Nautilus, First Nuclear Submarine, Remembered on 60th Anniversary
Henry Nardone was on the deck of the USS Nautilus when it slid down the ways into the Thames River on Jan. 21, 1954.
Nardone, then 32, rested his foot on a cleat so he could distinguish himself from among the others who lined the deck in photos for years to come. Mamie Eisenhower, the wife of President Dwight D. Eisenhower, christened the ship with the traditional bottle of champagne as it moved into the water.
“I remember it like it was yesterday,” said Nardone, a lifelong Westerly resident who supervised the sub’s construction. “I was up on the bow. There’s a very famous picture of the launching of the submarine, it’s been in hundreds of books and magazines. I can pick myself out. I’ve done it 1,000 times.”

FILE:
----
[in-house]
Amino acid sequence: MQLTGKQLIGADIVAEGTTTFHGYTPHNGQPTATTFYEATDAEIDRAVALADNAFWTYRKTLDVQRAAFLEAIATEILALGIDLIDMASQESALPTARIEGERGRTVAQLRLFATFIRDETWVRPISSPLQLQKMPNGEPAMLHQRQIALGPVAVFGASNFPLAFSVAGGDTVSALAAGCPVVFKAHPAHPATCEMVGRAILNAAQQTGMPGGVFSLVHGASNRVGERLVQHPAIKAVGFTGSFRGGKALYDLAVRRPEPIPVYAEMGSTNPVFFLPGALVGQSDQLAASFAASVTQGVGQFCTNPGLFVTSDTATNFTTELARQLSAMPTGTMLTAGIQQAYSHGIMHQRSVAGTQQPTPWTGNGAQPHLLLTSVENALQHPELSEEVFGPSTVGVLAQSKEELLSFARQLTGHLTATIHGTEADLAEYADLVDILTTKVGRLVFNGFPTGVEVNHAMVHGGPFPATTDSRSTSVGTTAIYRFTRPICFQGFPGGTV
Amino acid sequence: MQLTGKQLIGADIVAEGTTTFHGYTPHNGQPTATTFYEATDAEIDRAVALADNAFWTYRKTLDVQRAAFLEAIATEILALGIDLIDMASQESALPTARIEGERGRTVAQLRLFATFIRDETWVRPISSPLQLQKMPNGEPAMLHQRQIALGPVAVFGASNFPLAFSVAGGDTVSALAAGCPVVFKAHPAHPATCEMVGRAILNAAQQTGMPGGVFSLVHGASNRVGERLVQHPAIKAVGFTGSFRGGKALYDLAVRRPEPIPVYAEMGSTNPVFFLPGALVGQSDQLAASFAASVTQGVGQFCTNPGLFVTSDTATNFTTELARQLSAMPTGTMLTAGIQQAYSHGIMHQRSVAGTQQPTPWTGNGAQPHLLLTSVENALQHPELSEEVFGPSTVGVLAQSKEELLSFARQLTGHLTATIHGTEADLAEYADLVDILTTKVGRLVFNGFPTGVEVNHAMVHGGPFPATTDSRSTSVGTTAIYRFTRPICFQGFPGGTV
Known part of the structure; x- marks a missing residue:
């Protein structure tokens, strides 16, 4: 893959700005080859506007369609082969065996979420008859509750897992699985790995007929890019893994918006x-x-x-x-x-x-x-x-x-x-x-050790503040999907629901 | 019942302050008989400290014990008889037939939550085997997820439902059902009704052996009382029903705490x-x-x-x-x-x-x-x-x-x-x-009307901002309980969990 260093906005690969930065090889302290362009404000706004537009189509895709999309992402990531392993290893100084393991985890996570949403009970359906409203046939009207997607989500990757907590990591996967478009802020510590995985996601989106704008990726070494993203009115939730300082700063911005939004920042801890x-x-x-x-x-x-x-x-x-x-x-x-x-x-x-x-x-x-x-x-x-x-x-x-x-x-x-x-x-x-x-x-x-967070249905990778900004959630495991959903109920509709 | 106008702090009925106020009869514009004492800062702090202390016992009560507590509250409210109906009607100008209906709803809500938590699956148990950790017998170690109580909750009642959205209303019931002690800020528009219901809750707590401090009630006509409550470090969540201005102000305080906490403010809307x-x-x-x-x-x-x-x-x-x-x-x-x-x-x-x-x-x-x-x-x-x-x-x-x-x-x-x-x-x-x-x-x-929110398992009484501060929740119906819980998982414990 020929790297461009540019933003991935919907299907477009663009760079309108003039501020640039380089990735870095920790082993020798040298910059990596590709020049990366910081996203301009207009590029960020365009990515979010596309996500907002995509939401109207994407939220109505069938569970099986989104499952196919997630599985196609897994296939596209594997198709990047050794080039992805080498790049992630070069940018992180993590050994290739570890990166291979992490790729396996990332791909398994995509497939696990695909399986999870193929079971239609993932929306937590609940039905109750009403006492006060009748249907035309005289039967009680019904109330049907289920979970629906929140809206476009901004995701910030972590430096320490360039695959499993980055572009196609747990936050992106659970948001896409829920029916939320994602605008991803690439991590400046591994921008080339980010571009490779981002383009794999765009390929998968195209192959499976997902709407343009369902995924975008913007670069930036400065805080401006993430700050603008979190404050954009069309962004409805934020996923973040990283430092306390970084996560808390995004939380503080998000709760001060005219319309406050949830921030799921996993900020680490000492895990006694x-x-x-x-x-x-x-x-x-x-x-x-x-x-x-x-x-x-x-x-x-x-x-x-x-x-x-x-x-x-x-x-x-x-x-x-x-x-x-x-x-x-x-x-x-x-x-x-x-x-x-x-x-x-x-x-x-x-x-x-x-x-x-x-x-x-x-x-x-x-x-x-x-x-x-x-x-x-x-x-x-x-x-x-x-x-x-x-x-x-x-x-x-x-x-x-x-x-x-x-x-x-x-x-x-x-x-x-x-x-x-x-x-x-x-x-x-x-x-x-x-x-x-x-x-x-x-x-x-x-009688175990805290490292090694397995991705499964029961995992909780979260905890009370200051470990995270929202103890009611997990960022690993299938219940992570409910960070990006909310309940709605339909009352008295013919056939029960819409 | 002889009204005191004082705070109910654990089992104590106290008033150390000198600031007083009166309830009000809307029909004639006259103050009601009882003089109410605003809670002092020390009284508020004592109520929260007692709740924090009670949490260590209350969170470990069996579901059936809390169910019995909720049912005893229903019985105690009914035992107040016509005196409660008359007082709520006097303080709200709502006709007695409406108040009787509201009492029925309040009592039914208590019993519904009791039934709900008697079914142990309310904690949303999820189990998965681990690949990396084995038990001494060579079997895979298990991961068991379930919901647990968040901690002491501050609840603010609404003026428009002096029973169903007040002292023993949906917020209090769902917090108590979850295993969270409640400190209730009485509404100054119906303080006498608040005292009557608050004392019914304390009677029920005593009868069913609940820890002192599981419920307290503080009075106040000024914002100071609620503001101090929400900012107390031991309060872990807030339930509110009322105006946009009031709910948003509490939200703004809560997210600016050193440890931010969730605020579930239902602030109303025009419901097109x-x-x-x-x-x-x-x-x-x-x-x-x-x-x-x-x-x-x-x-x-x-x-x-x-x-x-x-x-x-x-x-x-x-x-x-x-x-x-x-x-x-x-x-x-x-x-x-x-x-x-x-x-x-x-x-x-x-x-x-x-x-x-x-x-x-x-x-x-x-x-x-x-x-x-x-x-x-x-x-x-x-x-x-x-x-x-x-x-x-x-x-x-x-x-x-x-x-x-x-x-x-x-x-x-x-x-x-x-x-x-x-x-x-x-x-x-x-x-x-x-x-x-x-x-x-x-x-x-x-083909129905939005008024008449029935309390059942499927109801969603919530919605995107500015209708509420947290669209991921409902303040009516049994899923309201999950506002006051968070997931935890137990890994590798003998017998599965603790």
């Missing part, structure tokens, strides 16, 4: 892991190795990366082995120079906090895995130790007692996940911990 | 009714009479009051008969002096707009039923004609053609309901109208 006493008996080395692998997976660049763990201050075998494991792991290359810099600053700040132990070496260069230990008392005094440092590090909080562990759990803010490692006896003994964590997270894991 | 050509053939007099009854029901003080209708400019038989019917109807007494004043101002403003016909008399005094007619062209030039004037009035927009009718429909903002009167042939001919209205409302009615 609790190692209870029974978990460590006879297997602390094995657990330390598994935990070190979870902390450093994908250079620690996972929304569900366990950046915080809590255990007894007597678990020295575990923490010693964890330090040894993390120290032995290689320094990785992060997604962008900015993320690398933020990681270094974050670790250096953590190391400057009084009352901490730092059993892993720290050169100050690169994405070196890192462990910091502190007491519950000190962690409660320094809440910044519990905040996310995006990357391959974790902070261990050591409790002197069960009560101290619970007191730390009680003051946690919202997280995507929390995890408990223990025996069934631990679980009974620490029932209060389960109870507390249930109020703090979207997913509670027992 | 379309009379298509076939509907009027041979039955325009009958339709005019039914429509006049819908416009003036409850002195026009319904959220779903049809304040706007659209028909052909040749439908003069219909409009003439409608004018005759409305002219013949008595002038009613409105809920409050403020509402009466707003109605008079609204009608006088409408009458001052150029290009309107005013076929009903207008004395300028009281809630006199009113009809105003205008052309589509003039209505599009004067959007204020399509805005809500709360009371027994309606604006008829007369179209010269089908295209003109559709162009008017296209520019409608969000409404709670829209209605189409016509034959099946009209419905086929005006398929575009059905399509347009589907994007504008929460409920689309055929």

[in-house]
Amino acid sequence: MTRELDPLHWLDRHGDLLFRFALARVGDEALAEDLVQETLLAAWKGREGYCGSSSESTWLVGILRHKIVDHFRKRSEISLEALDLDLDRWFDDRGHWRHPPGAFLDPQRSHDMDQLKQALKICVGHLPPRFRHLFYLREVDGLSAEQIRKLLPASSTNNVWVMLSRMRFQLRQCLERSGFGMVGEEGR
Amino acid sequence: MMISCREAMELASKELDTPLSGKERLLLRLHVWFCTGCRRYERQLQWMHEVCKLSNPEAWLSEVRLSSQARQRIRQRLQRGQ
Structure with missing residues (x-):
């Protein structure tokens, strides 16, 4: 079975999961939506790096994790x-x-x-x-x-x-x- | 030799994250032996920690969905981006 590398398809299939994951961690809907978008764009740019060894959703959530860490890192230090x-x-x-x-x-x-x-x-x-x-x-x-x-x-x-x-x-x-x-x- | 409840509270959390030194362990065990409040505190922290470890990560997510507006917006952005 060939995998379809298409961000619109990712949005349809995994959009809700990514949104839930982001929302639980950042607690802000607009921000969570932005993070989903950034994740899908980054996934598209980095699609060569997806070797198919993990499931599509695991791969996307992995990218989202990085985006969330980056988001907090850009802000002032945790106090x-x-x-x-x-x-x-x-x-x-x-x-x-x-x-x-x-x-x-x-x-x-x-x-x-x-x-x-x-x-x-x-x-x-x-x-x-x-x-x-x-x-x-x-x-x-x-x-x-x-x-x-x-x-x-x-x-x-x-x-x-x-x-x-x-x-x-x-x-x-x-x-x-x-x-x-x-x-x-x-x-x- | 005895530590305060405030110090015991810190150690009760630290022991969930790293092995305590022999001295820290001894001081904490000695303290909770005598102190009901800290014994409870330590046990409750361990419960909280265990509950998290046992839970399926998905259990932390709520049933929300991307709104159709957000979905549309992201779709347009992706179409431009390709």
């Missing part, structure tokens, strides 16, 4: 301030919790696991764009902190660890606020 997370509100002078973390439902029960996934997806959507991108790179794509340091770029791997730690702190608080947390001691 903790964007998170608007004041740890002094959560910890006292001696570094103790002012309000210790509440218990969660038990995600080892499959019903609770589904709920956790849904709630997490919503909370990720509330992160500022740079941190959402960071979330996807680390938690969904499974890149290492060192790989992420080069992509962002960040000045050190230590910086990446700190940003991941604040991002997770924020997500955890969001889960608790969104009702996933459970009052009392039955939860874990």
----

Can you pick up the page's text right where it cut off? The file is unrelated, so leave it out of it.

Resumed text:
A year and a half earlier, Eisenhower’s predecessor Harry S Truman, had chalked his initials onto the ship’s backbone during a keel laying ceremony. A welder traced over the letters, and the dignitary’s mark — a Navy tradition — was permanently fixed to the vessel, where it remains today.
SSN-571, the nation’s first nuclear-powered submarine, would spend more than two decades at sea, and laid the foundation for today’s modern naval fleet.